Unfortunately I fail to sample all the culinary delights that Austin's BBQ and TexMex heritage can offer (I manage to eat Quesadillas in an Irish bar if that counts) This I regret.

On my last day, I decide to go to local Brazilian restaurant with a few of the remaining Brits. Not only for the food, but also for some sort of fruit in the form of a smoothie; once again I had taken far too much advantage of the $1 beers the night before.

Now Friday the 13th's have never really affected me before, but this was a gud'un. I return from the meal to find my iPod gone (stupidly left charging in my drunken stupor)- checking the CCTV I can only assume it was a girl sat at the computers with us as we left to go out; she conveniently checks out before we return.

My onward train journey is delayed 6 hours, comprimising my check-in at the next hostel. And as a particularly lovely cherry to place a top the cake of misfortune- I go to the toilet only to pull out the last two sheets left in the dispenser- my head drops, it's been a great day.

There were aspects of this Friday which would have turned out differently if I'd have acted differently, so I only really have myself to blame for the iPod (and obviously the person that stole it). I begin to wonder how my time could have been different if I hadn't purchased the Amtrak pass, especially considering Old Blue's desires to head north through New Mexico to the Grand Canyon. Not that I've had a bad deal with the pass, but that a road trip would have been something completely different.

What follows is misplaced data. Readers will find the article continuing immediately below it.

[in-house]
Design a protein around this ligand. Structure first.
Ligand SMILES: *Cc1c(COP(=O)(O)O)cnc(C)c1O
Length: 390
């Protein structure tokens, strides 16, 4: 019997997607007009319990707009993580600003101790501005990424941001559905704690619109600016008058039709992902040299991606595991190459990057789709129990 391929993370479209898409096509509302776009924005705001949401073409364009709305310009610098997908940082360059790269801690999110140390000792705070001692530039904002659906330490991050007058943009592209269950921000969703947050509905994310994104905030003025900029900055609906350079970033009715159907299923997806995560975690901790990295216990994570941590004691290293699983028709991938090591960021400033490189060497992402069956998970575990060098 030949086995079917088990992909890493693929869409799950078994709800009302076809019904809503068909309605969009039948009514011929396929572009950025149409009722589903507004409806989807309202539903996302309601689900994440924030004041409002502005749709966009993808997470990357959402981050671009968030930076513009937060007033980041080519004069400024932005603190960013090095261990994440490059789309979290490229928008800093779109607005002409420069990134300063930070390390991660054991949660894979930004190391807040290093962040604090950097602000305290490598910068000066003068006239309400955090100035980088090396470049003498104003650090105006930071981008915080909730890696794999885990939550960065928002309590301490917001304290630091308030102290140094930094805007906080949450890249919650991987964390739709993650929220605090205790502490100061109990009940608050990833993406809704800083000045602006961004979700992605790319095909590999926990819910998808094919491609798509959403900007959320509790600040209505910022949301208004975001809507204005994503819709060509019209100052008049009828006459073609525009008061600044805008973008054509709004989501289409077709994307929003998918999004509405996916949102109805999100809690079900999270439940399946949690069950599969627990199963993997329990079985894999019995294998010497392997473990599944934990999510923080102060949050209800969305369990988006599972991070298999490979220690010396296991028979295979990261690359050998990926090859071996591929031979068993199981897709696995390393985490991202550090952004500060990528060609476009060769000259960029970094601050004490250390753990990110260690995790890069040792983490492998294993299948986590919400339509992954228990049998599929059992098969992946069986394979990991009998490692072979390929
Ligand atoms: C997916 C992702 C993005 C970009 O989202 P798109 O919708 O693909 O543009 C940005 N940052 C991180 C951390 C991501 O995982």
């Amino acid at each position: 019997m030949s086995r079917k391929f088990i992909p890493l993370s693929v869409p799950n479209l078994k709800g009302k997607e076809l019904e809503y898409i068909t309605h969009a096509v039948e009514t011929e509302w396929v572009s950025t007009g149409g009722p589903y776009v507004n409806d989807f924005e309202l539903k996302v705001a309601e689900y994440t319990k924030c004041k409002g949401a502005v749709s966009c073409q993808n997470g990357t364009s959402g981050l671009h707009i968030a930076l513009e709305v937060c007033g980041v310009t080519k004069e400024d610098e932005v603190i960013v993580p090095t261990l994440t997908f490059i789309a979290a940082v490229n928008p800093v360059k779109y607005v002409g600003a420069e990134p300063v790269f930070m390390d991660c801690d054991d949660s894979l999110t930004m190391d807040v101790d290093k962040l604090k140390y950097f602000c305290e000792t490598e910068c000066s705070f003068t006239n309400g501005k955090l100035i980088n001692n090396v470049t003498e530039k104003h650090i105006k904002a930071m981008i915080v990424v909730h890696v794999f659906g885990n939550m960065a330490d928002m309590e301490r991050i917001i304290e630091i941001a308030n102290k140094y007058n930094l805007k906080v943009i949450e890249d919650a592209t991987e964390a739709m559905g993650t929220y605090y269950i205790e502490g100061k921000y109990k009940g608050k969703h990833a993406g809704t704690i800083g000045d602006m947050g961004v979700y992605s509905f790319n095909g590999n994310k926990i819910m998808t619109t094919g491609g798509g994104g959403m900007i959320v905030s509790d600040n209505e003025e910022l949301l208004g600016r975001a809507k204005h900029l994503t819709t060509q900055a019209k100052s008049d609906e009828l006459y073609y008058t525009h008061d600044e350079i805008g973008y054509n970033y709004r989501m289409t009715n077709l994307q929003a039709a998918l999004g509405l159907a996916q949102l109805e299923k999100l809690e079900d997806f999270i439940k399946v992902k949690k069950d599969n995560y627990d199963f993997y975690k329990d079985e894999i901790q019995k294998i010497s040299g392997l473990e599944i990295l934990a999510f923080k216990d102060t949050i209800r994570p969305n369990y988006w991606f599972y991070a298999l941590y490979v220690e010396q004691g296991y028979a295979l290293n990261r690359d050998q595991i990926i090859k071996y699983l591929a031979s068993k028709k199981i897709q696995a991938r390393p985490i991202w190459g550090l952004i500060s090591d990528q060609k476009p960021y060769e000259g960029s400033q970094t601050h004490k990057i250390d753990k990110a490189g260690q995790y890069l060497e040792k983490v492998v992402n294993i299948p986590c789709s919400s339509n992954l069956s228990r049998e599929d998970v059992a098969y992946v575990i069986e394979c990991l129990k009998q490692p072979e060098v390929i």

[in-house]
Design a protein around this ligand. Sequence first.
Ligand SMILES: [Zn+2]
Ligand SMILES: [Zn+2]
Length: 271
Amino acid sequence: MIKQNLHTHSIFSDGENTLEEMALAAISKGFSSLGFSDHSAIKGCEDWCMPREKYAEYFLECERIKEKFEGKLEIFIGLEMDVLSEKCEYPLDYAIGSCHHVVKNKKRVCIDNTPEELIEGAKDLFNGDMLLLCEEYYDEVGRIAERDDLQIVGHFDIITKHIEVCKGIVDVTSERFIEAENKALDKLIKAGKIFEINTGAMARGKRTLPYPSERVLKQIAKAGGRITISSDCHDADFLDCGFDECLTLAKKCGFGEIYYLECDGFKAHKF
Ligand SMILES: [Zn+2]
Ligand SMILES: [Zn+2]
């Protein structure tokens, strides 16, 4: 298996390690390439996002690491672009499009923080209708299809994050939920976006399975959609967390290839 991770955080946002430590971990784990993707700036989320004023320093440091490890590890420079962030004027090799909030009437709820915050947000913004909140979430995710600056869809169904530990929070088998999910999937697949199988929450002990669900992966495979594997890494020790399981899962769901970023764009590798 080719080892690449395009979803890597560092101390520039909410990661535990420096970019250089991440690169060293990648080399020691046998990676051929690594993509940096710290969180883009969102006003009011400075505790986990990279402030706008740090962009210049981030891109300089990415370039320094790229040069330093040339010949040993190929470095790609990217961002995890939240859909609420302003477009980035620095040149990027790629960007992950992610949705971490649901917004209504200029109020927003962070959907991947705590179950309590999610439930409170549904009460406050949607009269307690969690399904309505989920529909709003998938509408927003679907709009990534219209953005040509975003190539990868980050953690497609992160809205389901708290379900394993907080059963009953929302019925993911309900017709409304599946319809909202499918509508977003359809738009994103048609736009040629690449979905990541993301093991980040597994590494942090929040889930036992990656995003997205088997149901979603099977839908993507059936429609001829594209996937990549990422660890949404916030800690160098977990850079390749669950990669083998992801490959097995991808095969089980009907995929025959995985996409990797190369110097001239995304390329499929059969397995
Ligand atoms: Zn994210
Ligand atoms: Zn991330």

Leaving Austin becomes a time of reflection, asking myself a number of questions about things I could or should have done. I realise that fundamentally, the things I've done are the reason I am where I am; which is still in a pretty spectacular position. I'm learning by doing, and learning by not doing. This is a bit of a eureka moment- and I completely understand that travelling motto of 'it's not about where you take the journey, but where the journey takes you' (I'm one month in- so you have to allow me to spout off the occasional epiphany quote).

True to form, the journey ensures I have another travelling companion in the form of Hannah, although the premise of a 38 hour train journey demotivates slightly, so I think I may get off in Arizona as opposed to her end destination of LA.

It's a shame about the iPod as Austin has been one of my favourites; the hostel, the nightlife, and of course the people. I will try to rest in Tucson, but if the journey dictates, it may not be too long before I'm razing Arizona.
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The Yug on

Dude. Enjoyed New Orleans blog and Austin sounded like a drunken laugh. An iPod is just a thing and the most important thing, you, is still intact, although obviously a bit pickled.
No mention of the shuffle in this one so I presume your saving your skills for the bright lights of LA. I look forward to your imminent engagement in one of the better dance establishments there.
As ever I look forward to your reports from the Land of the Freak and Home of the Knave! Yet the journo in me wants to point out it's Bohemian not Bohemium.
Still love you though, even if you're beginning to spell like a Yank!
Take care Gipper! Yug XX
PS: if you want to email me with where you'll be at a certain time, I'll mail you a cheap MP3 player for you to lose as you see fit. X

DG on

River tubing is highly dangerous, as I once told you!! But no you laughed at me when i screamed and was catapulted from my tube!
Mum is jealous! she says no one will do it with her any more but after my experiences I think I will definately leave this to you and her to partake in.
Loving the blogs! xx